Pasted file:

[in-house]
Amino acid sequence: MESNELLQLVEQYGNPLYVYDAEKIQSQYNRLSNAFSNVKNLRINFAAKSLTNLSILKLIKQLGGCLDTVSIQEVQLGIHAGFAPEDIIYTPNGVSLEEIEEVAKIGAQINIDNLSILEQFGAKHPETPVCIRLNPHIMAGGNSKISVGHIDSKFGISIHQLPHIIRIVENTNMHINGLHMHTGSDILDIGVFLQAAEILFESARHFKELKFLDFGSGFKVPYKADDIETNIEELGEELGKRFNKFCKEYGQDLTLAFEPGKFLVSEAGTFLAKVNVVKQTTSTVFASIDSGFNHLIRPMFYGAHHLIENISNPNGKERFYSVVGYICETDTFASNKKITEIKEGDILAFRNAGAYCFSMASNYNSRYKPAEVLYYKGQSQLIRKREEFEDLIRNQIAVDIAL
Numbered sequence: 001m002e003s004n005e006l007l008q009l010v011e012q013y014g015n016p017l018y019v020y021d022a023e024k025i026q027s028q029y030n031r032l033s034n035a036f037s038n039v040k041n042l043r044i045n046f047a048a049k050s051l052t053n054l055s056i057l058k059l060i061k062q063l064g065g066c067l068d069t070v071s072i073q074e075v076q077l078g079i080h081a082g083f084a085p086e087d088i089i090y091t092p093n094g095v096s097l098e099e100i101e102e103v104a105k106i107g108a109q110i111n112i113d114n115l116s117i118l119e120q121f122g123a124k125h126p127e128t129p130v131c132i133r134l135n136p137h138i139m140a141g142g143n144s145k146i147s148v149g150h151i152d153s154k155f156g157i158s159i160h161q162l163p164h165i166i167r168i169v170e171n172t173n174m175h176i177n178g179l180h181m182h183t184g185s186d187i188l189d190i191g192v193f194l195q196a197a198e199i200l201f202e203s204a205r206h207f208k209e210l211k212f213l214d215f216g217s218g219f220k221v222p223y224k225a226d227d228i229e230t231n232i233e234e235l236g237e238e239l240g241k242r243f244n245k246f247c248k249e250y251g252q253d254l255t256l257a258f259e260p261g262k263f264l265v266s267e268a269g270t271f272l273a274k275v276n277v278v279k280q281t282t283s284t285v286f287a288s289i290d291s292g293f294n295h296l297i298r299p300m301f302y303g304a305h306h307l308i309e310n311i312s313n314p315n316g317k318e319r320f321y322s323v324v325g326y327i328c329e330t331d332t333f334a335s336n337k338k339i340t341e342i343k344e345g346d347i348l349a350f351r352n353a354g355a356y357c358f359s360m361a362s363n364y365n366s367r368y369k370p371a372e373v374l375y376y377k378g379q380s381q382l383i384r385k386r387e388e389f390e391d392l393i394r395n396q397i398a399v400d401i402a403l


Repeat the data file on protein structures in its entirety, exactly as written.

[in-house]
Amino acid sequence: MESNELLQLVEQYGNPLYVYDAEKIQSQYNRLSNAFSNVKNLRINFAAKSLTNLSILKLIKQLGGCLDTVSIQEVQLGIHAGFAPEDIIYTPNGVSLEEIEEVAKIGAQINIDNLSILEQFGAKHPETPVCIRLNPHIMAGGNSKISVGHIDSKFGISIHQLPHIIRIVENTNMHINGLHMHTGSDILDIGVFLQAAEILFESARHFKELKFLDFGSGFKVPYKADDIETNIEELGEELGKRFNKFCKEYGQDLTLAFEPGKFLVSEAGTFLAKVNVVKQTTSTVFASIDSGFNHLIRPMFYGAHHLIENISNPNGKERFYSVVGYICETDTFASNKKITEIKEGDILAFRNAGAYCFSMASNYNSRYKPAEVLYYKGQSQLIRKREEFEDLIRNQIAVDIAL
Numbered sequence: 001m002e003s004n005e006l007l008q009l010v011e012q013y014g015n016p017l018y019v020y021d022a023e024k025i026q027s028q029y030n031r032l033s034n035a036f037s038n039v040k041n042l043r044i045n046f047a048a049k050s051l052t053n054l055s056i057l058k059l060i061k062q063l064g065g066c067l068d069t070v071s072i073q074e075v076q077l078g079i080h081a082g083f084a085p086e087d088i089i090y091t092p093n094g095v096s097l098e099e100i101e102e103v104a105k106i107g108a109q110i111n112i113d114n115l116s117i118l119e120q121f122g123a124k125h126p127e128t129p130v131c132i133r134l135n136p137h138i139m140a141g142g143n144s145k146i147s148v149g150h151i152d153s154k155f156g157i158s159i160h161q162l163p164h165i166i167r168i169v170e171n172t173n174m175h176i177n178g179l180h181m182h183t184g185s186d187i188l189d190i191g192v193f194l195q196a197a198e199i200l201f202e203s204a205r206h207f208k209e210l211k212f213l214d215f216g217s218g219f220k221v222p223y224k225a226d227d228i229e230t231n232i233e234e235l236g237e238e239l240g241k242r243f244n245k246f247c248k249e250y251g252q253d254l255t256l257a258f259e260p261g262k263f264l265v266s267e268a269g270t271f272l273a274k275v276n277v278v279k280q281t282t283s284t285v286f287a288s289i290d291s292g293f294n295h296l297i298r299p300m301f302y303g304a305h306h307l308i309e310n311i312s313n314p315n316g317k318e319r320f321y322s323v324v325g326y327i328c329e330t331d332t333f334a335s336n337k338k339i340t341e342i343k344e345g346d347i348l349a350f351r352n353a354g355a356y357c358f359s360m361a362s363n364y365n366s367r368y369k370p371a372e373v374l375y376y377k378g379q380s381q382l383i384r385k386r387e388e389f390e391d392l393i394r395n396q397i398a399v400d401i402a403l